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Picture Aspect Ratio

This topic describes two related concepts, picture aspect ratio and pixel aspect ratio. It then describes how these concepts are expressed in Microsoft Media Foundation using media types.

Picture Aspect Ratio

Picture aspect ratio defines the shape of the displayed video image. Picture aspect ratio is notated X:Y, where X:Y is the ratio of picture width to picture height. Most video standards use either 4:3 or 16:9 picture aspect ratio. The 16:9 aspect ratio is commonly called widescreen. Cinema film often uses a 1:85:1 or 1:66:1 aspect ratio. Picture aspect ratio is also called display aspect ratio (DAR).

Diagram showing 4:3 and 16:9 aspect ratios

Sometimes the video image does not have the same shape as the display area. For example, a 4:3 video might be shown on a widescreen (16×9) television. In computer video, the video might be shown inside a window that has an arbitrary size. In that case, there are three ways the image can be made to fit within the display area:

  • Stretch the image along one axis to fit the display area.
  • Scale the image to fit the display area, while maintaining the original picture aspect ratio.
  • Crop the image.

Stretching the image to fit the display area is almost always wrong, because it does not preserve the correct picture aspect ratio.

Letterboxing

The process of scaling a widescreen image to fit a 4:3 display is called letterboxing, shown in the next diagram. The resulting rectanglular areas at the top and bottom of the image are typically filled with black, although other colors can be used.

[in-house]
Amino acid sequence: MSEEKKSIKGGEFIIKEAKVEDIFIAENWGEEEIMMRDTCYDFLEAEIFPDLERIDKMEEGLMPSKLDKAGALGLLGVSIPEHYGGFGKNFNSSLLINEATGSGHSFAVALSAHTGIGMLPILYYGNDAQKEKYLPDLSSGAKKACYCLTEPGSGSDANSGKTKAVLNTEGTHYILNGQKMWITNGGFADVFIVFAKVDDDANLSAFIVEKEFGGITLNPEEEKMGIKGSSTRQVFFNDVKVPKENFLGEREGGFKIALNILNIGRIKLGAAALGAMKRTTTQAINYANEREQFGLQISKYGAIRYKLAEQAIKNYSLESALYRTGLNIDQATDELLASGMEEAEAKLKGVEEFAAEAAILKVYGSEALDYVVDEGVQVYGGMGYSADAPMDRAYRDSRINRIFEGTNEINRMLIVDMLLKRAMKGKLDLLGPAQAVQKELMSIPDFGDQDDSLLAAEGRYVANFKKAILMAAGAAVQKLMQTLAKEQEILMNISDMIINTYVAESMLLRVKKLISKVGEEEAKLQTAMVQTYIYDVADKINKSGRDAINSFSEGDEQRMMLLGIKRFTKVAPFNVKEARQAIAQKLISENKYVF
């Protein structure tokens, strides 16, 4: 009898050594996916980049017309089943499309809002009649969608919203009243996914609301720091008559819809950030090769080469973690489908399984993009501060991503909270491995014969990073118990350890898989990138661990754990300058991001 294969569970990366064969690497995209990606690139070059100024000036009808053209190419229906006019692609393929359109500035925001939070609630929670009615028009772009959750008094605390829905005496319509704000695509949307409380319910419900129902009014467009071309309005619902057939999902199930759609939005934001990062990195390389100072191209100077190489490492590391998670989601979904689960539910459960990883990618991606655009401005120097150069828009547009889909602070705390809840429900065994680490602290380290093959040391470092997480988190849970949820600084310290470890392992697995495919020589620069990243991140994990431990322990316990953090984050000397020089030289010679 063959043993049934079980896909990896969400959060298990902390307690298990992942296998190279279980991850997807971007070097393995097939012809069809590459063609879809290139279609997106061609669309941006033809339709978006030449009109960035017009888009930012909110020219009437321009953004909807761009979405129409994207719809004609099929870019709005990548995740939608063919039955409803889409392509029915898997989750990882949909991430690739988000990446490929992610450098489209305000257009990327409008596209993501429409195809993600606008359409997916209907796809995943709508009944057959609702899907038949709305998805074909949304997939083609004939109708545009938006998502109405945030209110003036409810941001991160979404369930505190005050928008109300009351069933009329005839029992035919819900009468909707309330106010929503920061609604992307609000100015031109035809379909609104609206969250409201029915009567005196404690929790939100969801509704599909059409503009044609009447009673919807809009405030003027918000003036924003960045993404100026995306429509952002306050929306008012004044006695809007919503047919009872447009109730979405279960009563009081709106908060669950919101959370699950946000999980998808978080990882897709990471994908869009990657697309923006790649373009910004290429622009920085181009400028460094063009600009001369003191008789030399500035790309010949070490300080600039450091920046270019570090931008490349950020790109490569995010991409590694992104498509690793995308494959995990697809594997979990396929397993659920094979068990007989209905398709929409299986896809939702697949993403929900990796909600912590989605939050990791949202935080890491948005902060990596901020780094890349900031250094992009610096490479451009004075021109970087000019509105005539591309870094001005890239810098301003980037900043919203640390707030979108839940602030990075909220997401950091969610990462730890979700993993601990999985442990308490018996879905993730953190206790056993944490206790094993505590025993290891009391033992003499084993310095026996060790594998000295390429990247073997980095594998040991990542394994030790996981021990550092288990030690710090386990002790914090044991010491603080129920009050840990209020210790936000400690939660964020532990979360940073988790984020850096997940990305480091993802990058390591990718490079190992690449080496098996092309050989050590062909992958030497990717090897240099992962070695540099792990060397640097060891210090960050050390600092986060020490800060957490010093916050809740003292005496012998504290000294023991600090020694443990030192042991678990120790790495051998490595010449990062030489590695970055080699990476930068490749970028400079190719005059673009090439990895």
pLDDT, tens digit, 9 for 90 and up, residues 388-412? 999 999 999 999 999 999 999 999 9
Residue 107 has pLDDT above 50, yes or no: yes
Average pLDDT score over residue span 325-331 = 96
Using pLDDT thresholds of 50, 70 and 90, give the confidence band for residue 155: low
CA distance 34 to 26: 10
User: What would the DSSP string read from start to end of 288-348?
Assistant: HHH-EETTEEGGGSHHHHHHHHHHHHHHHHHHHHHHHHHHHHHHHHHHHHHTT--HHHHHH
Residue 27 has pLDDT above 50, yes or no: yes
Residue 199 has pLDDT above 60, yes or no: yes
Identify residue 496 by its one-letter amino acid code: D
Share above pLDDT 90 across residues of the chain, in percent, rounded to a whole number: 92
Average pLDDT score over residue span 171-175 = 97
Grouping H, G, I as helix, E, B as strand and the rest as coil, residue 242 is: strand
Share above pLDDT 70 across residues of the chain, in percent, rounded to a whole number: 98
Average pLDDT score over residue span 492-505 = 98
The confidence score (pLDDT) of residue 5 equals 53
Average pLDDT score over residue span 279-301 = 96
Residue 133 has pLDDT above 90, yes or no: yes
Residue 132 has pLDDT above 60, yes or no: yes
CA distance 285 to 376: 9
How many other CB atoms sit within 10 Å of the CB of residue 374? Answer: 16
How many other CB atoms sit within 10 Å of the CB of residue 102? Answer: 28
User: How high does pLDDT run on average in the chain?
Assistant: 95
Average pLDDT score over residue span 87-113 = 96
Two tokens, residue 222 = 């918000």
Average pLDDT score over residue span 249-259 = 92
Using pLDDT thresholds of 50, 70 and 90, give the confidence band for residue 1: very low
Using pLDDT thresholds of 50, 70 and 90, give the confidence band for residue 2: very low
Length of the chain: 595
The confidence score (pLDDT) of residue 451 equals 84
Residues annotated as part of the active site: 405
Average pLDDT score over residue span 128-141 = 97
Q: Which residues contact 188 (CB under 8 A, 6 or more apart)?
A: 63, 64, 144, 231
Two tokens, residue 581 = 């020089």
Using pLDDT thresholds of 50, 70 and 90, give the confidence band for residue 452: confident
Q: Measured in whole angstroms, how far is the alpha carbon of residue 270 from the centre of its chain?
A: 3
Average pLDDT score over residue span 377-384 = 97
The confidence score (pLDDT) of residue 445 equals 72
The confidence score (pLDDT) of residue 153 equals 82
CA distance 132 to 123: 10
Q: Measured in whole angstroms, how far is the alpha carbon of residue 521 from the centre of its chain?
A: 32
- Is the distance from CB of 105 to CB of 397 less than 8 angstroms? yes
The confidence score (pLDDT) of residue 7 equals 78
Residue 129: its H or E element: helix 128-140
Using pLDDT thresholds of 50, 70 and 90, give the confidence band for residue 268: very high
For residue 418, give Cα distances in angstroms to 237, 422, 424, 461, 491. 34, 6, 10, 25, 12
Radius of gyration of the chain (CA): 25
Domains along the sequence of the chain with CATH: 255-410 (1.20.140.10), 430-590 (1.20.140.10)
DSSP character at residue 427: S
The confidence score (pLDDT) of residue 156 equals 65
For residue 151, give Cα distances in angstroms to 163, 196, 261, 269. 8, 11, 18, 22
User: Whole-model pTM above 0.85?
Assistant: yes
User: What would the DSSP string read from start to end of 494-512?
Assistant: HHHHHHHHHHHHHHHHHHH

Diagram showing the correct way to letterbox

The reverse case, scaling a 4:3 image to fit a widescreen display, is sometimes called pillarboxing. However, the term letterbox is also used in a general sense, to mean scaling a video image to fit any given display area.

Diagram showing pillarboxing

Pan-and-Scan

Pan-and-scan is a technique whereby a widescreen image is cropped to a 4×3 rectangular area, for display on a 4:3 display device. The resulting image fills the entire display, without requiring black letterbox areas, but portions of the original image are cropped out of the picture. The area that is cropped can move from frame to frame, as the area of interest shifts. The term "pan" in pan-and-scan refers to the panning effect that is caused by moving the pan-and-scan area.

Diagram showing pan-and-scan

Pixel Aspect Ratio

Pixel aspect ratio (PAR) measures the shape of a pixel.

When a digital image is captured, the image is sampled both vertically and horizontally, resulting in a rectangular array of quantized samples, called pixels or pels. The shape of the sampling grid determines the shape of the pixels in the digitized image.